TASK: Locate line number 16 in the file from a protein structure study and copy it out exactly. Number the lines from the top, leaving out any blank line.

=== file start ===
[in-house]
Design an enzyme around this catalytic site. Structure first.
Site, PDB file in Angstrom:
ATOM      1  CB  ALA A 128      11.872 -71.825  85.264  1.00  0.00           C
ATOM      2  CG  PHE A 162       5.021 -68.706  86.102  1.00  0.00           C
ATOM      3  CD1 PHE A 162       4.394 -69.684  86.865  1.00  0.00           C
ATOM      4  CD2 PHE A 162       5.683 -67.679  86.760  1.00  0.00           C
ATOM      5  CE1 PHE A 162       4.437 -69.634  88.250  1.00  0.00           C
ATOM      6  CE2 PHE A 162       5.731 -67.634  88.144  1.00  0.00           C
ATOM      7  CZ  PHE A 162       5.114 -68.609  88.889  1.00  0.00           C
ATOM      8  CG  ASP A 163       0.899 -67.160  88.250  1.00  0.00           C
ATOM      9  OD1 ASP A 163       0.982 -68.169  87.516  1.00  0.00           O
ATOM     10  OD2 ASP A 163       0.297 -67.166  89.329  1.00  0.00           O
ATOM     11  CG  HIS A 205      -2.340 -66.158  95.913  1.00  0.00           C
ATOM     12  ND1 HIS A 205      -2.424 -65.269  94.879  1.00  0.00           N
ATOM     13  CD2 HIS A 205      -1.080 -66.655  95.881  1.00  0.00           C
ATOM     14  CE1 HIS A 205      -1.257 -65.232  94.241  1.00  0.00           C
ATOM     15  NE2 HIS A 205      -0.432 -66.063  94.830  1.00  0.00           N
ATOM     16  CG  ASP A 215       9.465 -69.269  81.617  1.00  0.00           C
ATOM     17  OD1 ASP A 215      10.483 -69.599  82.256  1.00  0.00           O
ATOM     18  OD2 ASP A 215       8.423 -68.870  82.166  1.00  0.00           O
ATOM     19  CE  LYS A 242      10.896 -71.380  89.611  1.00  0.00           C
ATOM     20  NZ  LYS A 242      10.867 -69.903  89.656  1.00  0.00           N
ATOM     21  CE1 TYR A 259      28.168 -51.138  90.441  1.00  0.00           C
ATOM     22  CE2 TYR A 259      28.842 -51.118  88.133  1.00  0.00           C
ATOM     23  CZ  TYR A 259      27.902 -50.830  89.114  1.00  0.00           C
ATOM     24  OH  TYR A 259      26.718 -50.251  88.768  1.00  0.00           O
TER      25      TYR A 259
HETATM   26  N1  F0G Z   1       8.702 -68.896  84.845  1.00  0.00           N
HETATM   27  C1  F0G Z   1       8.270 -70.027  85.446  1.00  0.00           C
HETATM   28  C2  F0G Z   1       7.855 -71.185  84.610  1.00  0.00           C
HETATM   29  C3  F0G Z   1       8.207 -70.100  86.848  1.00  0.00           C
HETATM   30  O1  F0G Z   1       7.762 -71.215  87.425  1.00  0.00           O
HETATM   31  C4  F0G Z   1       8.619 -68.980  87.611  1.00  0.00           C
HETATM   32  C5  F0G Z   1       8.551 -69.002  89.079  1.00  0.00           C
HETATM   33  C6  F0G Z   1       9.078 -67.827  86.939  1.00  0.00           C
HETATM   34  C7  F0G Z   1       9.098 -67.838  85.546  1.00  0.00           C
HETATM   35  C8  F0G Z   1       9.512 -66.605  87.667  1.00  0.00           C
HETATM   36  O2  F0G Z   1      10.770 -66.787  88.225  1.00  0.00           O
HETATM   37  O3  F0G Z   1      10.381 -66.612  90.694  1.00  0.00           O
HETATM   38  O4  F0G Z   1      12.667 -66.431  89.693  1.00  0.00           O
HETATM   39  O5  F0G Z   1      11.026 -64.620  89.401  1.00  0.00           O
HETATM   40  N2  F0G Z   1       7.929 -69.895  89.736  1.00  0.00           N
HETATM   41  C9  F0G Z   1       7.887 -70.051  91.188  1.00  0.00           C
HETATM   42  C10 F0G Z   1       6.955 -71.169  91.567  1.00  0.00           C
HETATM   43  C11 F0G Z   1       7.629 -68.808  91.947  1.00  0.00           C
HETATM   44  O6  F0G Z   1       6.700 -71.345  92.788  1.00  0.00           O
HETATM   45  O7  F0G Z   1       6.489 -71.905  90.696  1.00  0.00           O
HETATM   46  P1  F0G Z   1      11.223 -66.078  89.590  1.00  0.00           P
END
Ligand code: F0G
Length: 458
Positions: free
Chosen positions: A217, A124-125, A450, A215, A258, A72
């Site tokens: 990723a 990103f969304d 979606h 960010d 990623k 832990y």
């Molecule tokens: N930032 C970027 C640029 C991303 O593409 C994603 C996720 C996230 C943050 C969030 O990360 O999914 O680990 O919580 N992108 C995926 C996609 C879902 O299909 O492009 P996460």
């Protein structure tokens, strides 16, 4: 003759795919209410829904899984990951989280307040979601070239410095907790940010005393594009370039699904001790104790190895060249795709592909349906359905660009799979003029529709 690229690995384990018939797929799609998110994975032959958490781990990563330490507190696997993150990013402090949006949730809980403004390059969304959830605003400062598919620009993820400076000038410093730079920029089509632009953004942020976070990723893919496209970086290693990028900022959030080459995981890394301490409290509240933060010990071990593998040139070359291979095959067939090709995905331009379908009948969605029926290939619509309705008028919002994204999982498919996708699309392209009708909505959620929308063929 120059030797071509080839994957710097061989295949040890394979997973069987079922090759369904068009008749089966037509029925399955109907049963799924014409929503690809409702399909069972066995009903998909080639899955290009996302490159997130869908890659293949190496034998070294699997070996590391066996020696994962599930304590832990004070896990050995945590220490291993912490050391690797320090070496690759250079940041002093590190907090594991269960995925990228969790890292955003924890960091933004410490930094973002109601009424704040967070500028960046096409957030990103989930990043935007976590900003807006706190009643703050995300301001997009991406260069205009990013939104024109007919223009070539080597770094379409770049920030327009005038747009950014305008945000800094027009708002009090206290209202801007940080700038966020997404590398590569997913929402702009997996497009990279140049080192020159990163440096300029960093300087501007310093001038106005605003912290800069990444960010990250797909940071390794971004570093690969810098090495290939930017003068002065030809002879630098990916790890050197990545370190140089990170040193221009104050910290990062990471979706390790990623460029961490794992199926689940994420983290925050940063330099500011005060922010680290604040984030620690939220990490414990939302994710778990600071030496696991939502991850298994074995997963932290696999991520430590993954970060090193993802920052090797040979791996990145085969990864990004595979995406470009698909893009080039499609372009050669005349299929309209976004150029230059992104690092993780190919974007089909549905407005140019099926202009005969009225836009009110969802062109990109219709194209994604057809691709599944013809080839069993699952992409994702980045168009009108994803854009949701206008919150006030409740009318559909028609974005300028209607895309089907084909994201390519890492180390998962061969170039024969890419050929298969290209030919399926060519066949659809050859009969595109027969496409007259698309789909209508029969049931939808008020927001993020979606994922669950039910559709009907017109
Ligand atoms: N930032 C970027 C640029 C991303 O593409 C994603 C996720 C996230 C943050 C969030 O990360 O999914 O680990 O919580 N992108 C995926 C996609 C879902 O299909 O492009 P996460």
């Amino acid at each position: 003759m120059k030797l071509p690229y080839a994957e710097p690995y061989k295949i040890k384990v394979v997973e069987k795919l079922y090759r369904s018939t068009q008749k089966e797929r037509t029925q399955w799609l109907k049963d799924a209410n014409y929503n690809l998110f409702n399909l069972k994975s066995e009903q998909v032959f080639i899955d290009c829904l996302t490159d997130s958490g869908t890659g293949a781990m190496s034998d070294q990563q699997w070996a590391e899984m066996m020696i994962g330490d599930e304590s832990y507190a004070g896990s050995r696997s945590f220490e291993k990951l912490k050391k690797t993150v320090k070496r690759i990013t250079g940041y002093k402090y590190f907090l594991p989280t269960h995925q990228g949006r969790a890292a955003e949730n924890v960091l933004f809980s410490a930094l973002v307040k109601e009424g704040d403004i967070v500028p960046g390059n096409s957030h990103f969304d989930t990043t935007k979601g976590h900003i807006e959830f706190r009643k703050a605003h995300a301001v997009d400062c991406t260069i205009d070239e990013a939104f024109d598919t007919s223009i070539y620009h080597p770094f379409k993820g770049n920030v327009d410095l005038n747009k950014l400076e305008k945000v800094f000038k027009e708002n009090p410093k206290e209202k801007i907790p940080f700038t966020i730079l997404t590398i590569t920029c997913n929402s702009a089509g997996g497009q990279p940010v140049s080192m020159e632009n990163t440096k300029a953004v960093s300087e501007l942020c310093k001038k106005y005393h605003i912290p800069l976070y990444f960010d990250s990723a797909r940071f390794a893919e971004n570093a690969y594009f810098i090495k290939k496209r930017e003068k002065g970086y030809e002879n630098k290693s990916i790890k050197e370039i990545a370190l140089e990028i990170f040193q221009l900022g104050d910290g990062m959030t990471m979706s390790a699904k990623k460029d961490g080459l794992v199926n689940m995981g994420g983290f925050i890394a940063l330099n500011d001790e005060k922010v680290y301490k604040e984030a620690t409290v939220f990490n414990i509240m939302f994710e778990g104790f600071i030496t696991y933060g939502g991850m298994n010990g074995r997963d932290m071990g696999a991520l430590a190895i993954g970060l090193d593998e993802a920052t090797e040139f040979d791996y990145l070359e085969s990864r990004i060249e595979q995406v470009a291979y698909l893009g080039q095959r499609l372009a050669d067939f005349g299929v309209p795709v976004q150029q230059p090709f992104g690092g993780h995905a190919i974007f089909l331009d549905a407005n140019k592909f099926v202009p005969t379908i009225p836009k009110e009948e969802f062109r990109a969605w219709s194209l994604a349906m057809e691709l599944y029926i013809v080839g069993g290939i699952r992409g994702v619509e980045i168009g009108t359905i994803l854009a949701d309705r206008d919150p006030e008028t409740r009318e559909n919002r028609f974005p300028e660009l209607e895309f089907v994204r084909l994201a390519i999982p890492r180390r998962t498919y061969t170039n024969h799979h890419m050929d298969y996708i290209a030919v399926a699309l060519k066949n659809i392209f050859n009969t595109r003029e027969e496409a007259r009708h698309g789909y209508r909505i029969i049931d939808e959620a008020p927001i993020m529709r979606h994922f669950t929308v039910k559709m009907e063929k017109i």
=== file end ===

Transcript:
ATOM     13  CD2 HIS A 205      -1.080 -66.655  95.881  1.00  0.00           C